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'Grandparent' Scam Strikes Again in Glen Rock

Incident similar to one reported earlier in the week, in which an 86-year-old borough woman wired $90,000 to a Los Angeles bank under the belief her grandson needed bail for a DWI-related car accident.

Days after a borough senior discovered she'd been scammed out of a significant amount of money from a thief claiming to be a family member in distress, another senior nearly fell prey to the same scam. 

According to Detective James Calaski, the male borough resident received a phone call by a man claiming to be his grandson. The caller said he had been involved in a DWI accident in Los Angeles and was being held on a high amount of bail. He requested the borough senior wire him $100,000 to make bail.

Fortunately, according to Calaski, the victim, a male over the age of 80, did not lose any money after the bank deemed the wire transfer to be suspicious. He reported the incident to police on Friday.

Glen Rock Police are working with other agencies, including the FBI, and the case remains an active investigation.

If the story sounds familiar, it should. upon hearing the same tale of a grandson needing bail money. Authorities in that case were able to recover half the money and arrested a woman in connection to the alleged theft.

The stories are virtually the same, but it doesn't mean the suspects are, according to Calaski.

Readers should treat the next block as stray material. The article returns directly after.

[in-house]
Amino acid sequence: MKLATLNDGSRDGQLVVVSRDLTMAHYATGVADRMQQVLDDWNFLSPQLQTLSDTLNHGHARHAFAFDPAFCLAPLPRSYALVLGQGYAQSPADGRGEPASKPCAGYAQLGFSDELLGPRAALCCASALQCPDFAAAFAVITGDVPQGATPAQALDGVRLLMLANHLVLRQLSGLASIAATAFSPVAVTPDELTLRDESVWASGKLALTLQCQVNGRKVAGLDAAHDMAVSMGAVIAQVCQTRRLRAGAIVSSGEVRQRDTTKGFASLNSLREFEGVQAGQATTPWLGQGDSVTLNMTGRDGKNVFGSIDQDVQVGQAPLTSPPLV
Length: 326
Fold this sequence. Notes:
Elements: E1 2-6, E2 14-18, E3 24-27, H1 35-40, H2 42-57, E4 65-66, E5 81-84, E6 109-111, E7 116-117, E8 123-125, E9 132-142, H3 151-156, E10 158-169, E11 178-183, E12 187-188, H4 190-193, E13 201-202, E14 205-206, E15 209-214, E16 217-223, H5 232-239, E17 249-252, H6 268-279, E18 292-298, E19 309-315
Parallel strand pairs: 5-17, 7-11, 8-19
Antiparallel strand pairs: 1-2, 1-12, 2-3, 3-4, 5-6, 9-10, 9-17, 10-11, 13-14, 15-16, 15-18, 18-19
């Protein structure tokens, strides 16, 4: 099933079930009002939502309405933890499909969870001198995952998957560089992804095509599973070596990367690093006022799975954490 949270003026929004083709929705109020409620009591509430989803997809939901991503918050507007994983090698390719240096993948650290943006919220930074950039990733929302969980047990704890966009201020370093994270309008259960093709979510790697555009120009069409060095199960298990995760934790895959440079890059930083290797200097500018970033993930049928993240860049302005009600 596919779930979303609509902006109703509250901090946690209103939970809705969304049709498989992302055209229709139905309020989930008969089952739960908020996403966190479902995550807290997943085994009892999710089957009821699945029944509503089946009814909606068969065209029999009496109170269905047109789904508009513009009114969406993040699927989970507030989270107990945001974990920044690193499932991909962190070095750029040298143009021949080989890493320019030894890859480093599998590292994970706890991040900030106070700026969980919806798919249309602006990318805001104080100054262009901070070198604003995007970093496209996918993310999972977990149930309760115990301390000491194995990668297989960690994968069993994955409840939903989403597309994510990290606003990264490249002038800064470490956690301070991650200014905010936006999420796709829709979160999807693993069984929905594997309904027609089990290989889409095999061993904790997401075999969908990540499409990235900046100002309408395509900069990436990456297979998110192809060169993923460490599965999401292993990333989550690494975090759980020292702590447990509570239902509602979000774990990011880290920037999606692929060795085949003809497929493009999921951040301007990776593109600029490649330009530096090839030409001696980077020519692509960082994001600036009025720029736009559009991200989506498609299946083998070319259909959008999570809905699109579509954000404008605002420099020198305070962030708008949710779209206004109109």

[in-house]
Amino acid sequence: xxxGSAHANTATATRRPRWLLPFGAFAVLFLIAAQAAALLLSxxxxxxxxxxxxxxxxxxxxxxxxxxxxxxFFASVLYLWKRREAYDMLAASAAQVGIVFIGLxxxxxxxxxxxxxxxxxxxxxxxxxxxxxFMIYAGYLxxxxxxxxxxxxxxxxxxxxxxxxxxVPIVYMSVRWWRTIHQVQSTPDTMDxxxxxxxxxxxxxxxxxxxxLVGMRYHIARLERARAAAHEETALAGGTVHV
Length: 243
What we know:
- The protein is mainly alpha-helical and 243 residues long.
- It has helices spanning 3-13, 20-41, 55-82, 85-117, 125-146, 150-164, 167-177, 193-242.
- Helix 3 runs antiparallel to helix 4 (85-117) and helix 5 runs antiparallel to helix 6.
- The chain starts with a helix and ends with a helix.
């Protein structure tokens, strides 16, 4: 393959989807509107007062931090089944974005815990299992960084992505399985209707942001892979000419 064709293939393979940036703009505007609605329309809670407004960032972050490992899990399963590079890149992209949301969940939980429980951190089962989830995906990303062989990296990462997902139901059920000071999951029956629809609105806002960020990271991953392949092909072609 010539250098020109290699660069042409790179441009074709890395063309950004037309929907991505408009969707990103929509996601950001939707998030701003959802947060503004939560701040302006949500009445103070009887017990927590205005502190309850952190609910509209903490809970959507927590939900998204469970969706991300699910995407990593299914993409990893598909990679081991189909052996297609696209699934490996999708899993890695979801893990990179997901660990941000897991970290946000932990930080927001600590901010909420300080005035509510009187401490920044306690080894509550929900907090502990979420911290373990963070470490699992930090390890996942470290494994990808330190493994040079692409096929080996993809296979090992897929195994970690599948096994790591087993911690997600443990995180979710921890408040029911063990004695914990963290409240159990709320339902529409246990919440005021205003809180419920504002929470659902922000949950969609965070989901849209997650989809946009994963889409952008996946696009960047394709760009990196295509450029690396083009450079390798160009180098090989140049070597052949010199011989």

"We do not know of any apparent link between the victims nor do we have any evidence Glen Rock is specifically being targeted, however all residents are urged to be aware of any unsolicited phone calls and verify any requests to send money, especially a large amount with a request to not tell anyone or keep it quiet," he said.

Scam artists often use stories that have been successful in separate crimes, he said.

If not for the banks questioning the wire transfers and the quick action of authorities, borough residents could very well have lost about $200,000 in a single week, Calaski said.

It's important residents – particularly seniors – pay careful attention to any suspicious requests, Calaski said. If they have any suspicions whatsoever, they're urged to call the GRPD Detective Bureau at 201-670-3948.

Barbara Steuert September 15, 2012 at 12:57 AM
This scam is all over. My credit union has prevented several of these wires. We always tell the grandparent to call the parent and confirm where the grandchild is or call the grandchild directly before we will send the wire.
Michael Dwells September 17, 2012 at 03:08 AM
I feel terrible for the seniors who fell for the scam. More than the loss of money, it must have deeply worried them when they heard the situation their loved one was supposed to be into. It's just sad how other people easily take advantage of the love and concern grandparents have for their grandchildren. Based on the complaints posted at http://www.callercenter.com alone, about 63 percent of the scams targeted the seniors.Unacceptable!

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